Metro board to consider fare plans
| Metro resolution on public hearings (large PDF) |
Metro riders often ask the transit authority's board to get them involved earlier when a fare increase or service cut is in the works. They don't want a public comment period over a take-it-or-leave-it proposal.
So the board this morning will consider a plan that gets the public in early before the board has narrowed its budget-balancing options to one or two possibilities. But this will get really complicated. The budget is still in the larval stage, and if the board today sends it out for public hearings, then the public will have these elements to consider:
-- A proposed fare increase and other revenue increases suggested in the general manager's budget proposal, plus changes to MetroAccess fares.
-- A proposed fare increase and other revenue increases big enough to avoid any service cuts.
-- A proposed fare increase and other revenue increases big enough to avoid service cuts, plus other revenue-raising ideas received by the transit authority staff.
-- The proposed service cuts for Metrorail included in the general manager's budget.
-- The proposed cuts for Metrobus included in the general manager's budget.
-- Proposed policy changes for the MetroAccess program.
Riders aren't being asked to say yes or no to a budget proposal. They're being asked to help create the proposal.
So fire up your budgeting software, and instead of recording your paychecks and dry-cleaning bills, see if you can help Metro find $127.8 million to keep the trains and buses running on their current schedules.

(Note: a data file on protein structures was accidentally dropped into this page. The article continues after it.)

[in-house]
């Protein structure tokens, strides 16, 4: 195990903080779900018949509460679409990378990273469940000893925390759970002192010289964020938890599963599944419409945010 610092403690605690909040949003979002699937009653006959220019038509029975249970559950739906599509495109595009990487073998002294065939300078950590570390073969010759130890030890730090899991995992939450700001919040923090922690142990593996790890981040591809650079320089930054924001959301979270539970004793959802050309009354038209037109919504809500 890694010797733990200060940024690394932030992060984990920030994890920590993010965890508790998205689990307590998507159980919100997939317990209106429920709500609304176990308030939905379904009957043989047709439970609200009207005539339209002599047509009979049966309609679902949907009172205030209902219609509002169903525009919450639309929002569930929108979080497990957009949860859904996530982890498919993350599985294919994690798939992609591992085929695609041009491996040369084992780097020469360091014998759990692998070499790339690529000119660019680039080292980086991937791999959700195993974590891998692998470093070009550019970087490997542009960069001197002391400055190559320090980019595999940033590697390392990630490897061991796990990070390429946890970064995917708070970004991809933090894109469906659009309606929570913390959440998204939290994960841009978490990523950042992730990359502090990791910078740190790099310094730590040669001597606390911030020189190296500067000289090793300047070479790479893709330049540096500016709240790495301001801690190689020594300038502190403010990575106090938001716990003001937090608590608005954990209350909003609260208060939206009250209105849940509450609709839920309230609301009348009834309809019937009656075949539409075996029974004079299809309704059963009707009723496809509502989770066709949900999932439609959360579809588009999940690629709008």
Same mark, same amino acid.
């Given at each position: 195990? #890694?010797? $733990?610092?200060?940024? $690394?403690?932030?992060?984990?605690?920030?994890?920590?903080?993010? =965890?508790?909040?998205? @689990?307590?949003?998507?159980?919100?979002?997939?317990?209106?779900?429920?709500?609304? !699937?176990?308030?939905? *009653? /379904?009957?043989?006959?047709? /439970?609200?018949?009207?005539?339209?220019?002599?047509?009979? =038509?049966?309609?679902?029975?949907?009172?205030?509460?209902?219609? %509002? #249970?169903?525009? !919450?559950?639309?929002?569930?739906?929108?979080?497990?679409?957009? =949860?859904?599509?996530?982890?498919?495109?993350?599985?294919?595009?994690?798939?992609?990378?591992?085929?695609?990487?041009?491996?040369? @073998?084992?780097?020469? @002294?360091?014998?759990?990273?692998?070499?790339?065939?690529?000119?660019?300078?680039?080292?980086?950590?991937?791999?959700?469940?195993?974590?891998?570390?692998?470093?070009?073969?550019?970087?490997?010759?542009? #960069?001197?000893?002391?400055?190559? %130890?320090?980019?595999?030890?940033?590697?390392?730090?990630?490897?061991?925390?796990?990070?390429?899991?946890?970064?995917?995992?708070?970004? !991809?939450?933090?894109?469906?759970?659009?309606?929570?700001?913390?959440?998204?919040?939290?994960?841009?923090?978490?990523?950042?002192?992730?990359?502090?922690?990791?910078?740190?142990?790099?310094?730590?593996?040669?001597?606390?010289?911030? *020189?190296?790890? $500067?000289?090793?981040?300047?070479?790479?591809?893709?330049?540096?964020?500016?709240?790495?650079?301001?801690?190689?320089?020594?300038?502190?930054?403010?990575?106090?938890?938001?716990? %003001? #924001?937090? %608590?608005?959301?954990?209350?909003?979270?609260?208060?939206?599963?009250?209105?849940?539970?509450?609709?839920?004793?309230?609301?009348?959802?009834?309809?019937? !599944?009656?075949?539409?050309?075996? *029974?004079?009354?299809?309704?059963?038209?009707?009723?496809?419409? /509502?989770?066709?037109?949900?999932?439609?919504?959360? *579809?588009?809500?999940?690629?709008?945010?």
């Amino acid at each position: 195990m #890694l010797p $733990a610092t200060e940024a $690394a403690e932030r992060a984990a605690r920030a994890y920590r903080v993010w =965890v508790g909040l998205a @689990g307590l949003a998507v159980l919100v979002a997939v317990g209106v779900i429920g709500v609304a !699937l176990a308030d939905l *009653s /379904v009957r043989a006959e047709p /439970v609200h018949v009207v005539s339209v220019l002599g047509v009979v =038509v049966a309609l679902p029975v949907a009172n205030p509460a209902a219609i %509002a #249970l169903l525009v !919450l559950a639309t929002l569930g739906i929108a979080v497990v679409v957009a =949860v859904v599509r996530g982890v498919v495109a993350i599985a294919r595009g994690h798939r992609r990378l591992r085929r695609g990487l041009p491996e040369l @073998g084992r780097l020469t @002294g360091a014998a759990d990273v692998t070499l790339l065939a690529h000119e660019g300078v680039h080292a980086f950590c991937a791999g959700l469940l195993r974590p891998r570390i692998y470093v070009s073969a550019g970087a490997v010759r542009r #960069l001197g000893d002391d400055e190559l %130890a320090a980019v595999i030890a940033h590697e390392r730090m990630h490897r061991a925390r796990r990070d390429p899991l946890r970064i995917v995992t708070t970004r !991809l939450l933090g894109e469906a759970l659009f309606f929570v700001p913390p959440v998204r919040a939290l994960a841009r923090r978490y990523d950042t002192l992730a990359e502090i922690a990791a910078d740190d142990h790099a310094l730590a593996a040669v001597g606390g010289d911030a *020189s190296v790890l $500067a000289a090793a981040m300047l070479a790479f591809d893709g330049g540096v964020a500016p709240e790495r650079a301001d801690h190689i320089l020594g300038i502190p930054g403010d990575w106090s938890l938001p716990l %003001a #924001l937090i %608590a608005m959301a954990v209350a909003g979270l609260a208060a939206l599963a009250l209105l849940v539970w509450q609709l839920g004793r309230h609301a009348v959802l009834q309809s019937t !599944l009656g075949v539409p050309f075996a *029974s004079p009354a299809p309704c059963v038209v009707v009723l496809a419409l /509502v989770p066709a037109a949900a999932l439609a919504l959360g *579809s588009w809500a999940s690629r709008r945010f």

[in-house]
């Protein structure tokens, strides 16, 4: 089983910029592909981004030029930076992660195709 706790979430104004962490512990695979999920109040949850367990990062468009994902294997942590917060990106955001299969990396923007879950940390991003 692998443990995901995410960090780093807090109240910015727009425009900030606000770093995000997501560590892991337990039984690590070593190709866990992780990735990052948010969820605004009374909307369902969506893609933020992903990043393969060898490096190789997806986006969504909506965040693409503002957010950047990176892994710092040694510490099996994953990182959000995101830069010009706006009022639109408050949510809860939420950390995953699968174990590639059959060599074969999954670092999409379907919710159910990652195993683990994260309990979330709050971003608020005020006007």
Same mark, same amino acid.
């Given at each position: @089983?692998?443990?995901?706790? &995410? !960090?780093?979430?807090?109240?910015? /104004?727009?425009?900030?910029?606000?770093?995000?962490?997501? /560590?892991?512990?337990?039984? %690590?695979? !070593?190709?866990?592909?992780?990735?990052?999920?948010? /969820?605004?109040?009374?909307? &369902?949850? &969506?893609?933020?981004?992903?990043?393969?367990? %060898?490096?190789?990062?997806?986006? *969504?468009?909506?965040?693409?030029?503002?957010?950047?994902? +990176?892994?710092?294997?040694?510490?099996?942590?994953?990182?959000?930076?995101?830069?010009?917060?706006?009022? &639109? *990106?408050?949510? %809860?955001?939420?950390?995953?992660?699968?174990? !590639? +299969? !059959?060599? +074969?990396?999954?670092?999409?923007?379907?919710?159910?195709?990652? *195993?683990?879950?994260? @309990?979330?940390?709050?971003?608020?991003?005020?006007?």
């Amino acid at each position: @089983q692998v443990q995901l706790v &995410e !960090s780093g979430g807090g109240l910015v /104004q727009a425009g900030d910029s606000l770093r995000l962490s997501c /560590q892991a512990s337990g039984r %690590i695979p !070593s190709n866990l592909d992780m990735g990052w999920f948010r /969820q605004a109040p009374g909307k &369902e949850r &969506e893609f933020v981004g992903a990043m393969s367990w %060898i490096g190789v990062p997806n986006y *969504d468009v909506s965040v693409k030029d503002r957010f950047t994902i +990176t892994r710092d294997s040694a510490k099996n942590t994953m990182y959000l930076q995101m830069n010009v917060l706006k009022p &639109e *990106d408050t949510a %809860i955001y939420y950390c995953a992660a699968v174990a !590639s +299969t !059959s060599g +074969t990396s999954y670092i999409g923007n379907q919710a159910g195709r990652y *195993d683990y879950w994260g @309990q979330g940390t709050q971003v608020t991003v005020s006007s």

If all your mathematical energy is going into your tax preparations, then you could tell the board members this: What option do you want them to rely on most heavily? Is it service cuts or fare increases?
In the last couple of rounds, the riders have tended to favor fare increases over service cuts. But the recent fare increase proposals have been lower than the current ones. To avoid any service cuts this time, the Metrorail fares would rise 21 percent. The basic Metrobus fare would rise by 28 percent.
On Wednesday night, Metro's Riders' Advisory Council voted to send a letter to the jurisdictions that subsidize the trains and buses pleading for extra help this year. The Metro board today is likely to authorize its own letter to the jurisdictions noting that the budget hearings this spring will likely produce an outcry for help from riders.
March 4, 2010; 8:42 AM ET
Categories: Metro , Transportation Politics | Tags: Dr. Gridlock, Metrobus, Metrorail
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